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31 May 2010

Garden Update 3

I've uploaded 10 new pictures, complete with various comments, some of which I'll mention in this blog post.


Of the most interest I think is the continued growth of the cantaloupe.  It got so big over the weekend that I felt the need to expand my trellis.

Click for full size view.


Posted by rickroot at 10:49 AM | Link | 0 comments
26 May 2010

Garden Update 2

My cantaloupe grew a foot last weekend!

That picture is from Monday morning.  It's actually a few inches higher now but it definately did a ton of growing this weekend.  It's been cloudy and rainy all week, but the sun is going to shine today and tomorrow so I suspect everything will burst again.

Yesterday, I planted a couple of Stevia plants, just because the idea of growing my own sugar sounds like fun. 

I also decided I need more than 5 basil plants, so I bought a $6 herb garden at Lowe's that has 36 little containers.  It came with 6 different herbs but I only planted Basil, Sage, and Chives - 12 of each.  It's sitting in the kitchen corner window where it gets light but no direct sun, a fine place to germinate seeds.

I also seeded 8 "small" sunflower plants (a colorful variety that only gets 4-5' tall), and 9 perennial lupines.  I did these in 2" Jiffy Pots.  The lupines will probably take 3-4 weeks to germinate because I didn't follow the "hastening" instructions.  I didn't feel like chilling them in the fridge, then nicking the hard seed shell and soaking them overnight.

Posted by rickroot at 6:58 AM | Link | 0 comments
18 May 2010

Garden Update 1: Photos

Garden Number 3
Three canteloupe and a Big Boy tomoato.  The trellis is made from 6.5' steel T-posts and something I found at Home Depot called "Mason Ladder", which is made of a fairly heavy guage steel wire.  It's meant for re-inforncing concrete.  I also spray-painted it a dark green so it would be less noticeable from a distance.

Garden Number 2
This is the one that doesn't get enough light, or so I believe.  Maybe 5 hours.  The zucchini and onions seem to be doing very well, the mesclun lettuce was great.  The roma tomato plants look okay but aren't growing very fast - same with the cucumbers and muskmelon.

Insects Already?
Several of my eggplants have leaves like this - I haven't seen any insects on them but this sure looks like insect damage.  I took the opportunity to apply some Bayer Advanced Fruit, Citrus, and Vegetable Insect Control.  The instructions say to apply at transplanting - most of my stuff has been in the ground for 4-6 weeks, but hopefully it will still work to prevent future damage.  No, I'm not growing organic.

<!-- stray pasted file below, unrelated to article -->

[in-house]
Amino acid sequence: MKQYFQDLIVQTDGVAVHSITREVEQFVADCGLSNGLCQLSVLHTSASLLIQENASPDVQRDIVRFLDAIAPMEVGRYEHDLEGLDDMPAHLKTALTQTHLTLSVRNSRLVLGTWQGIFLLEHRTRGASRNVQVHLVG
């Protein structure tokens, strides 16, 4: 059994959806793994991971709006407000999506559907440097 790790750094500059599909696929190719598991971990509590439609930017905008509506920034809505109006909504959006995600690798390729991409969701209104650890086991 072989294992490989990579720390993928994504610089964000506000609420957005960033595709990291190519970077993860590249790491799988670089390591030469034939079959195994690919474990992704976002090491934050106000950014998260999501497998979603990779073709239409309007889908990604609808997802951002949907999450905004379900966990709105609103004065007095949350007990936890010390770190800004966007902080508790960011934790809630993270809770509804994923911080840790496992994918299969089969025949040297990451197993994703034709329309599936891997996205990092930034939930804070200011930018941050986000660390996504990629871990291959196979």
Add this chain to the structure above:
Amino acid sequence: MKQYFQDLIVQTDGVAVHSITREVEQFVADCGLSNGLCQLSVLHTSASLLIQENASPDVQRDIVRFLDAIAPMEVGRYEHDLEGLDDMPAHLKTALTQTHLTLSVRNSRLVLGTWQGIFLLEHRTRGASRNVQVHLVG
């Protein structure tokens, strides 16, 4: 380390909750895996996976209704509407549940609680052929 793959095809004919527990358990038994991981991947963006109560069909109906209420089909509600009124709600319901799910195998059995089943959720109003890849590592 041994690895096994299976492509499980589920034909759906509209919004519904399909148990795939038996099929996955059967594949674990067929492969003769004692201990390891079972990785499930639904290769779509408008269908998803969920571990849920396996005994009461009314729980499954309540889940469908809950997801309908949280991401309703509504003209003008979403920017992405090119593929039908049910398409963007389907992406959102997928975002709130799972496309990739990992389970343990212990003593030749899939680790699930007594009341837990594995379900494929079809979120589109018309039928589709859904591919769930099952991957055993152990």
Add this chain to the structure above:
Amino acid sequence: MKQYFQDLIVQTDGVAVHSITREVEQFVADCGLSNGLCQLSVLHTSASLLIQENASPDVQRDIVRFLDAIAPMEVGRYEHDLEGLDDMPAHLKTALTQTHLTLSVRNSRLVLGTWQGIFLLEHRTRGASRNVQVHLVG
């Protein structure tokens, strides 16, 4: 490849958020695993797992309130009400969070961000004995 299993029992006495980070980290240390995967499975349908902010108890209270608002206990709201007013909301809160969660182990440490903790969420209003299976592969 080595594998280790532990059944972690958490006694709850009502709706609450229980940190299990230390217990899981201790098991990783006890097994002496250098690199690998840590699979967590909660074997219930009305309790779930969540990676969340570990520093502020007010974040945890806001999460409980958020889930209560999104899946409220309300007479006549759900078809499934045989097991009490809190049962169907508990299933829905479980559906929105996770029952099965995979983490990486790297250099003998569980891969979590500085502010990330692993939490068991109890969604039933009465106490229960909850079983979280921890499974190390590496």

Roma Tomatos in the Topsy Turvy planters
I have two roma tomato plants in these upside down planters.  Both purchased at the same time, both about the same size and similar in their looks.  Both transplanted into the planters at the same time with the same Miracle Grow potting soil.  Both receive the same amount of water and sunlight.

One of them looks much better than the other, don't you think?

Posted by rickroot at 9:52 AM | Link | 0 comments
17 May 2010

Garden Update 1: The Beginning

In mid-March, I bought a burpee garden seed kit at Home Depot.  It came with seeds, soil pellets, a container for the soil, and a little plastic container that would act as a greenhouse.  I thought it would be fun for emily to grow some things from seed.  The kit came with roma tomatoes, oregano, basil, cilantro, squash, beans, carrots, cucumbers, and canteloupe.  We seeded on March 21st, the first day of spring.  Amazingly, I only had to bring the garden inside once or twice due to frost.  I also put some bean seeds in a planter on the patio. 

While Emily found it to be marginally interesting, it actually gave me the garden bug.  So now, I have FOUR raised bed gardens, three in the wild area out front, and one in the back near the fence.

The first two are each 3 feet by 6 feet and made of 2x6 lumber.  I didn't really do any prep of the ground below, just filled them up with about 5" of miracle grow garden soil.  In garden #1, I tranplanted 4 bean plants and 2 squash that I'd planted from the seed kit, and also four eggplant and 2 "rainbow mix" bell peppers.  I'll probably end up removing 2 of the eggplants.  Garden #2 currently has 5 cucumbers and a nice trellis ready for them to climb, though they're still quite small since I grew them from seed.  I also planted some mesclun lettuce (which we've already eaten some of!), 2 muskmelons, a zucchini, 2 roma tomatoes, and some green and white onions (same thing really, the "green" onions are planted about 3" deep, while the "white" onions are planted at the surface).  Garden #1 only gets about 6-7 hours of sunlight, and garden #2 really gets only 5-6 hours of sunlight.  The zucchini, onions, and mesclun all seem to be thriving here, we'll see how the romas, cucumbers, and muskmelon do.